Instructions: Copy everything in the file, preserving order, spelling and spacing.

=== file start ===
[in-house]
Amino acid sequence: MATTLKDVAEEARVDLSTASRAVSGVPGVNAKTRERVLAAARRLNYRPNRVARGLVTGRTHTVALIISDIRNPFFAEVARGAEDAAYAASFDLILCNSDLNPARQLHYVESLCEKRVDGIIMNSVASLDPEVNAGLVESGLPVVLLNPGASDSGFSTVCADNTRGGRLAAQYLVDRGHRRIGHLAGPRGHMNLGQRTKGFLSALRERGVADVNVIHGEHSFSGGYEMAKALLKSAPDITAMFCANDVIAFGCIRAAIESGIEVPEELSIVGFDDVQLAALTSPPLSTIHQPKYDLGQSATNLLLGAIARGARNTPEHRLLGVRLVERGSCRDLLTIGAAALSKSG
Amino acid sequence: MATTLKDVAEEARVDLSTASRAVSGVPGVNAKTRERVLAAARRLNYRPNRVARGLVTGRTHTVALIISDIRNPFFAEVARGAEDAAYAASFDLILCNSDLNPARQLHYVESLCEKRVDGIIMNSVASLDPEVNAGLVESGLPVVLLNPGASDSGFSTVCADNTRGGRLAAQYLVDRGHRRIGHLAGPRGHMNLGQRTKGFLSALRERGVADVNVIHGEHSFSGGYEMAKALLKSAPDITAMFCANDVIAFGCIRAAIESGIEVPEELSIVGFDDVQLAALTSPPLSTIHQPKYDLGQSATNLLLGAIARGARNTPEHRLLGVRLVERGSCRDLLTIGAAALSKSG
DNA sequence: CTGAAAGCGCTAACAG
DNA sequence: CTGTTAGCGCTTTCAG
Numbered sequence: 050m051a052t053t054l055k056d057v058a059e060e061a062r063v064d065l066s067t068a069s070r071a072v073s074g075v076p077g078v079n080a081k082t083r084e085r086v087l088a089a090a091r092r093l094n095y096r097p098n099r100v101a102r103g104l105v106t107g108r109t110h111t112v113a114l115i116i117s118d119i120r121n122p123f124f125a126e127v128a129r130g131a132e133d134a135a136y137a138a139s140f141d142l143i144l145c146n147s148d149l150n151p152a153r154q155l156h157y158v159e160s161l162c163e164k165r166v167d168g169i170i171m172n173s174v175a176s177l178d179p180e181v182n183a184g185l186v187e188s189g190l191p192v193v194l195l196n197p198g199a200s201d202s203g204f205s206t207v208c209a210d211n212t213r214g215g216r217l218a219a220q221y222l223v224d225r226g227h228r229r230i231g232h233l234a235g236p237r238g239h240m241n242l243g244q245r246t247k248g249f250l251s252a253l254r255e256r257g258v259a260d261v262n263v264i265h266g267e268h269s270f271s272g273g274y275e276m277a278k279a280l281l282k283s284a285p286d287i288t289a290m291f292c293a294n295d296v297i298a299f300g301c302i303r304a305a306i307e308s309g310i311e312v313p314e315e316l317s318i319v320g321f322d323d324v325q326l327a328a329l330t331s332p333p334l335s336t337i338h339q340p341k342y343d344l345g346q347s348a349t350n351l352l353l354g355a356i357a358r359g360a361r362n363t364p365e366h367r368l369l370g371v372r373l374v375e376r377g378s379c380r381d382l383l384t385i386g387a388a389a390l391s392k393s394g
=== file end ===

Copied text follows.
[in-house]
Amino acid sequence: MATTLKDVAEEARVDLSTASRAVSGVPGVNAKTRERVLAAARRLNYRPNRVARGLVTGRTHTVALIISDIRNPFFAEVARGAEDAAYAASFDLILCNSDLNPARQLHYVESLCEKRVDGIIMNSVASLDPEVNAGLVESGLPVVLLNPGASDSGFSTVCADNTRGGRLAAQYLVDRGHRRIGHLAGPRGHMNLGQRTKGFLSALRERGVADVNVIHGEHSFSGGYEMAKALLKSAPDITAMFCANDVIAFGCIRAAIESGIEVPEELSIVGFDDVQLAALTSPPLSTIHQPKYDLGQSATNLLLGAIARGARNTPEHRLLGVRLVERGSCRDLLTIGAAALSKSG
Amino acid sequence: MATTLKDVAEEARVDLSTASRAVSGVPGVNAKTRERVLAAARRLNYRPNRVARGLVTGRTHTVALIISDIRNPFFAEVARGAEDAAYAASFDLILCNSDLNPARQLHYVESLCEKRVDGIIMNSVASLDPEVNAGLVESGLPVVLLNPGASDSGFSTVCADNTRGGRLAAQYLVDRGHRRIGHLAGPRGHMNLGQRTKGFLSALRERGVADVNVIHGEHSFSGGYEMAKALLKSAPDITAMFCANDVIAFGCIRAAIESGIEVPEELSIVGFDDVQLAALTSPPLSTIHQPKYDLGQSATNLLLGAIARGARNTPEHRLLGVRLVERGSCRDLLTIGAAALSKSG
DNA sequence: CTGAAAGCGCTAACAG
DNA sequence: CTGTTAGCGCTTTCAG
Numbered sequence: 050m051a052t053t054l055k056d057v058a059e060e061a062r063v064d065l066s067t068a069s070r071a072v073s074g075v076p077g078v079n080a081k082t083r084e085r086v087l088a089a090a091r092r093l094n095y096r097p098n099r100v101a102r103g104l105v106t107g108r109t110h111t112v113a114l115i116i117s118d119i120r121n122p123f124f125a126e127v128a129r130g131a132e133d134a135a136y137a138a139s140f141d142l143i144l145c146n147s148d149l150n151p152a153r154q155l156h157y158v159e160s161l162c163e164k165r166v167d168g169i170i171m172n173s174v175a176s177l178d179p180e181v182n183a184g185l186v187e188s189g190l191p192v193v194l195l196n197p198g199a200s201d202s203g204f205s206t207v208c209a210d211n212t213r214g215g216r217l218a219a220q221y222l223v224d225r226g227h228r229r230i231g232h233l234a235g236p237r238g239h240m241n242l243g244q245r246t247k248g249f250l251s252a253l254r255e256r257g258v259a260d261v262n263v264i265h266g267e268h269s270f271s272g273g274y275e276m277a278k279a280l281l282k283s284a285p286d287i288t289a290m291f292c293a294n295d296v297i298a299f300g301c302i303r304a305a306i307e308s309g310i311e312v313p314e315e316l317s318i319v320g321f322d323d324v325q326l327a328a329l330t331s332p333p334l335s336t337i338h339q340p341k342y343d344l345g346q347s348a349t350n351l352l353l354g355a356i357a358r359g360a361r362n363t364p365e366h367r368l369l370g371v372r373l374v375e376r377g378s379c380r381d382l383l384t385i386g387a388a389a390l391s392k393s394g